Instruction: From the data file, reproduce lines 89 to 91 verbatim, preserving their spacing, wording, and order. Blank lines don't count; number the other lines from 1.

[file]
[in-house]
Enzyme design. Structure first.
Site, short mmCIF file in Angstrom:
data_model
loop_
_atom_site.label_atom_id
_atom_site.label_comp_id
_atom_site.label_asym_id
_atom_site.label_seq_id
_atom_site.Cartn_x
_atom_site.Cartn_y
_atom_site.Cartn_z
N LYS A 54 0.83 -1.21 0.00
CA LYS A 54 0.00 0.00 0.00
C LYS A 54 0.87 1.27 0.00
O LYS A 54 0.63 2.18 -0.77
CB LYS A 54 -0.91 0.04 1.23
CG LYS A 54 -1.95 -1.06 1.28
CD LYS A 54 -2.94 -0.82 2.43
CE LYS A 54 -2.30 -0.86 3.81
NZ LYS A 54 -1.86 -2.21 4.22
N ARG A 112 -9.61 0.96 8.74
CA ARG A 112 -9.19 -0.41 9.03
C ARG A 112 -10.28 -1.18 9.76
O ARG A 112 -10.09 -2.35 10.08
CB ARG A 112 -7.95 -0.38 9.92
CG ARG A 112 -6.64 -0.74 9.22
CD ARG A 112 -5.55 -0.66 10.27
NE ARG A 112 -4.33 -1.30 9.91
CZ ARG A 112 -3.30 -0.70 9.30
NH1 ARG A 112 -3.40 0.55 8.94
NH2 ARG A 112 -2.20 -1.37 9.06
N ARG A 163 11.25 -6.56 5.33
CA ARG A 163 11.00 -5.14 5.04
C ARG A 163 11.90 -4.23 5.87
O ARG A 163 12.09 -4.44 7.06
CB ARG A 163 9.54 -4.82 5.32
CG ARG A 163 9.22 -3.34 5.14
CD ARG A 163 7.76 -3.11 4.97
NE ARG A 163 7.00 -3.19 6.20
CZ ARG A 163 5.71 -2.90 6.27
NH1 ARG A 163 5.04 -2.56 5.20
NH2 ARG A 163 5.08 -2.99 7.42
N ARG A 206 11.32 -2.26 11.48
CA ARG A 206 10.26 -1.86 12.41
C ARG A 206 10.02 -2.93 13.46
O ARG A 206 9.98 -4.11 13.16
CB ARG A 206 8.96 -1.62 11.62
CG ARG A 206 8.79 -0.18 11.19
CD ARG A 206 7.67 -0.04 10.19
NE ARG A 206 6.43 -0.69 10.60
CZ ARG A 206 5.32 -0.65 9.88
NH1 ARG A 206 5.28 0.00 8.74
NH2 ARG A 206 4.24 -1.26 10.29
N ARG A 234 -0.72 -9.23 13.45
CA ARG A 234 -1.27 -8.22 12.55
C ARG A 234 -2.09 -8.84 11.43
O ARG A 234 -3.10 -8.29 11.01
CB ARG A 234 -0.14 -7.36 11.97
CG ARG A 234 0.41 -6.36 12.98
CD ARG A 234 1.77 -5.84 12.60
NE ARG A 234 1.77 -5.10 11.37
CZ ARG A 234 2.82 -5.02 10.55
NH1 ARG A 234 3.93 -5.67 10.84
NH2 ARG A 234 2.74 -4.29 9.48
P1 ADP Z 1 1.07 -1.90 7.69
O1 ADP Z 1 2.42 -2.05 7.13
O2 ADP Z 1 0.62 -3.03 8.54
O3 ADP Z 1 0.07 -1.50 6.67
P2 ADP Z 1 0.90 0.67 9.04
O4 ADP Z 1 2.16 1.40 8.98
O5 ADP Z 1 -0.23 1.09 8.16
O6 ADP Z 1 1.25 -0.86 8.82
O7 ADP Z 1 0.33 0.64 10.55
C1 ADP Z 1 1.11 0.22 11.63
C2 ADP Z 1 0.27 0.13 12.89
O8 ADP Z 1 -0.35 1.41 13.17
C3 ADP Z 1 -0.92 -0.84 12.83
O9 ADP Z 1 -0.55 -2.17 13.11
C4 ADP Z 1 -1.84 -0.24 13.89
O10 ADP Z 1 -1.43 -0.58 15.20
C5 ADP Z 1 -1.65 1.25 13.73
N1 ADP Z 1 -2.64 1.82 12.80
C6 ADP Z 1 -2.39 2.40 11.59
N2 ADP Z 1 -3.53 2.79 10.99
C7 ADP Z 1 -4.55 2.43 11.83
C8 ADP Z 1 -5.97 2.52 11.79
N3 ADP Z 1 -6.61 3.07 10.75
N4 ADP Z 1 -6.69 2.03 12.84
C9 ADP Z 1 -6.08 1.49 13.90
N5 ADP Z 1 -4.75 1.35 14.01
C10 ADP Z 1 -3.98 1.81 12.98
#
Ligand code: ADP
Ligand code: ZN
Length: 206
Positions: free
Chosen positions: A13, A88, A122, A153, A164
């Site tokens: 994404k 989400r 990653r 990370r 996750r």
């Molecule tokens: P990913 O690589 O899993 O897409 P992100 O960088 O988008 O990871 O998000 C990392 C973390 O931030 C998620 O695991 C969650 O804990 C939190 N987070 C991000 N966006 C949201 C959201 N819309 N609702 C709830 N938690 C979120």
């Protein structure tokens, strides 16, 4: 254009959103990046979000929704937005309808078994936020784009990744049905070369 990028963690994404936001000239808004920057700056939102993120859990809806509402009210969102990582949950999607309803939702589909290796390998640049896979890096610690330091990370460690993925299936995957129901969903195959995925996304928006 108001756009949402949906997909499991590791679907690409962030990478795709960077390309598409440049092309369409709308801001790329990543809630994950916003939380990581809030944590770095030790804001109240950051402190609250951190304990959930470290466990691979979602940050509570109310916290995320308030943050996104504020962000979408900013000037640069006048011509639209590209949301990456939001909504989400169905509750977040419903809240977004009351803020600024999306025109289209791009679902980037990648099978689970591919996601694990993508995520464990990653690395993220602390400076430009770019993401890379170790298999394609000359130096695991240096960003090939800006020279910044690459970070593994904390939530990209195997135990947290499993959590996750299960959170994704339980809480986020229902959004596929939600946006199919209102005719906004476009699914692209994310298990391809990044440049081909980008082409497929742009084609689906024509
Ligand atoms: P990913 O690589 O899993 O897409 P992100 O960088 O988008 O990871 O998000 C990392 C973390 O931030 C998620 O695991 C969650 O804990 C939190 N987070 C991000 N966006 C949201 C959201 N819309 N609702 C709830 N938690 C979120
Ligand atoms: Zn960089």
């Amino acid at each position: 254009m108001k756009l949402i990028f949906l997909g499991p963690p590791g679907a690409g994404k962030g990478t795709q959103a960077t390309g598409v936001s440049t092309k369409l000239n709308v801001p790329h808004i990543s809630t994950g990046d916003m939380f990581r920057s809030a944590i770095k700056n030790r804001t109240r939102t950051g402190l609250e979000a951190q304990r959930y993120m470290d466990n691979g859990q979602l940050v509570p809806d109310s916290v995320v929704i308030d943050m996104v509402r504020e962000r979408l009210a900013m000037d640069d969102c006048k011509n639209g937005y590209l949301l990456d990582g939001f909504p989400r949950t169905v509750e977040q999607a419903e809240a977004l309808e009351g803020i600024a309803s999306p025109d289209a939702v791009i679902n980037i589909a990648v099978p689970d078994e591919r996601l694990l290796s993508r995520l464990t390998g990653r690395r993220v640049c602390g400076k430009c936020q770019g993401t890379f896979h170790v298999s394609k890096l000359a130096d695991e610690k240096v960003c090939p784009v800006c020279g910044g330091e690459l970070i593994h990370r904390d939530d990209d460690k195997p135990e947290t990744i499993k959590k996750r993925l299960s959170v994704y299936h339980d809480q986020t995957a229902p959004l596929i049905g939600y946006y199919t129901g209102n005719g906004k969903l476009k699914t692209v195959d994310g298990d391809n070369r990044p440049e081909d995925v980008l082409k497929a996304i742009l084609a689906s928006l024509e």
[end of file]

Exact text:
N4 ADP Z 1 -6.69 2.03 12.84
C9 ADP Z 1 -6.08 1.49 13.90
N5 ADP Z 1 -4.75 1.35 14.01